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I need a free database software and thought of PostgreSQL. But then I read it has a table size limit of 32 terabytes, but I need more (and don't want to spend thousand/millions on high end database software like Oracle).

Is there a way to manually increase that limit? And if so, what is the penalty for doing so?

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May I ask what you are storing that requires an unpartitioned table >32Tb? Completely unmanageable... – Phil Nov 12 '12 at 14:49
I'm interested to know what table you have that would need to be larger than 32TB. – JNK Nov 12 '12 at 14:51
If you've basically trying to replicate Google (storage and search of every website) - a single table in postgres isn't going to cut it. – rfusca Nov 12 '12 at 15:55
It is regularly much more efficient to store binary large object like images in the file system. Do that and store the file name / path in the database along with URL and other metadata. You loose guaranteed referential integrity, but you gain an order of magnitude in speed and storage size. How would you backup xxTB tables anyway? – Erwin Brandstetter Nov 12 '12 at 18:17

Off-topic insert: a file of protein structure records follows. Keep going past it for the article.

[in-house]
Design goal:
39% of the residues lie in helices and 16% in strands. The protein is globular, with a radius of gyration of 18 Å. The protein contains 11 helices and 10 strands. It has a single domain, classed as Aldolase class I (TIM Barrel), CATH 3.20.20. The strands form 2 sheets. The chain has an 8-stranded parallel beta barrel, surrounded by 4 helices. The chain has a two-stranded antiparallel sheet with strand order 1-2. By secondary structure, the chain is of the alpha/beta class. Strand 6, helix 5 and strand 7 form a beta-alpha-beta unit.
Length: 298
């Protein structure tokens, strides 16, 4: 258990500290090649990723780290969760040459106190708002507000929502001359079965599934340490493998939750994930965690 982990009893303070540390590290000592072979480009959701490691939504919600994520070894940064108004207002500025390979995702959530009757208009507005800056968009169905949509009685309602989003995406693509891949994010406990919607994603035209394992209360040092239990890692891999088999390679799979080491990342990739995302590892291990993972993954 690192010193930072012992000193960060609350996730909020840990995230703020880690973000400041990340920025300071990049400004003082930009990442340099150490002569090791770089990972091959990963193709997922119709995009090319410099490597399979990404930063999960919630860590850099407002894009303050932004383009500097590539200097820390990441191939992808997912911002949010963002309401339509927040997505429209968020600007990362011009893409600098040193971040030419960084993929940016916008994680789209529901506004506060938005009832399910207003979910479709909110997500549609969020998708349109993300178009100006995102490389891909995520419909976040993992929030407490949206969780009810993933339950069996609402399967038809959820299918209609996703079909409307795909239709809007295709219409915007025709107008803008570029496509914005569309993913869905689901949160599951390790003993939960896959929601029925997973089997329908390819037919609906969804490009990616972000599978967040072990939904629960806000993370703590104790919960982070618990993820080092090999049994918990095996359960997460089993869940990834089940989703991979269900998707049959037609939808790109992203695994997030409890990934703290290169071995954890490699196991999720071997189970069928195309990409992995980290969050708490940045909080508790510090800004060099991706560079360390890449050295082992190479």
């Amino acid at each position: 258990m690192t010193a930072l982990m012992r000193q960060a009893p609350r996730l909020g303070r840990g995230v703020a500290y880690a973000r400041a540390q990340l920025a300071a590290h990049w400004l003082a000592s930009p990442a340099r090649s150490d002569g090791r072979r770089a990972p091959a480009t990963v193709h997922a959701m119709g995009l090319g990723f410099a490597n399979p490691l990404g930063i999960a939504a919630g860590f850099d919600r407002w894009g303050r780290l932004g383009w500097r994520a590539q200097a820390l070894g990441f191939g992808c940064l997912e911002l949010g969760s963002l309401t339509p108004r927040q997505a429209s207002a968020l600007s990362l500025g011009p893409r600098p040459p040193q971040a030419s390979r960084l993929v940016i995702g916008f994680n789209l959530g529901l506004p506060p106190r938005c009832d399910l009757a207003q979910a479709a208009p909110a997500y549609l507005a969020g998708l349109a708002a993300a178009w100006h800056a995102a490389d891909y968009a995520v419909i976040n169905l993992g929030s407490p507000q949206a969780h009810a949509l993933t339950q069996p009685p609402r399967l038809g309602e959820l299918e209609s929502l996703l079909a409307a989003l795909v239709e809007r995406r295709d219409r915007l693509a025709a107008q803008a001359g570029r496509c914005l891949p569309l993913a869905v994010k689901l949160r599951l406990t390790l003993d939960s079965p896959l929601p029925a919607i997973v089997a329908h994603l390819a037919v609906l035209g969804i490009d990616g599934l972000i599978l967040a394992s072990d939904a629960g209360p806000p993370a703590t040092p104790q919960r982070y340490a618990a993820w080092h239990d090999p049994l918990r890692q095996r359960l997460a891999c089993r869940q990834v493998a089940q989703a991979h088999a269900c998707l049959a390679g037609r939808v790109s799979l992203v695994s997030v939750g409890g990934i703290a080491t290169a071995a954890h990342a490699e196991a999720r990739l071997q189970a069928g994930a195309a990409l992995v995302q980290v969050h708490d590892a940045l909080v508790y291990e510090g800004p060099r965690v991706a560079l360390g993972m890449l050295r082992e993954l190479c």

In terms of answering your actual question, the best bet for what amounts to trying to change the internal postgres code and recompile is to ask on the postgres mailing list. Getting an answer from somebody like Tom Lane is what I'd do before I attempted to do something this drastic. But you'll likely get the same "why in the world would you want to" response. – rfusca Nov 12 '12 at 18:22
up vote 13 down vote accepted

Just use a different setting for the block size:


The default, 8 kilobytes, is suitable for most situations; but other values may be useful in special cases. The value must be a power of 2 between 1 and 32 (kilobytes).

Using 32 kilobytes, your table has a maximum size of 128TB.

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+1 Niiiiiiiiice. – rfusca Nov 12 '12 at 20:49
Cool thing, man. – user15267 Nov 12 '12 at 21:09
Note that non-default block sizes aren't as well tested, though. Bugs have cropped up before. – Craig Ringer Nov 13 '12 at 0:51

Frank's answer is entirely correct, but there's more to it.

Don't do this. Partition your table instead. PostgreSQL's table partitioning isn't wonderful, but it's going to be better than a 32TB+ table.

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So, so, sooooo true. – rfusca Nov 13 '12 at 1:32

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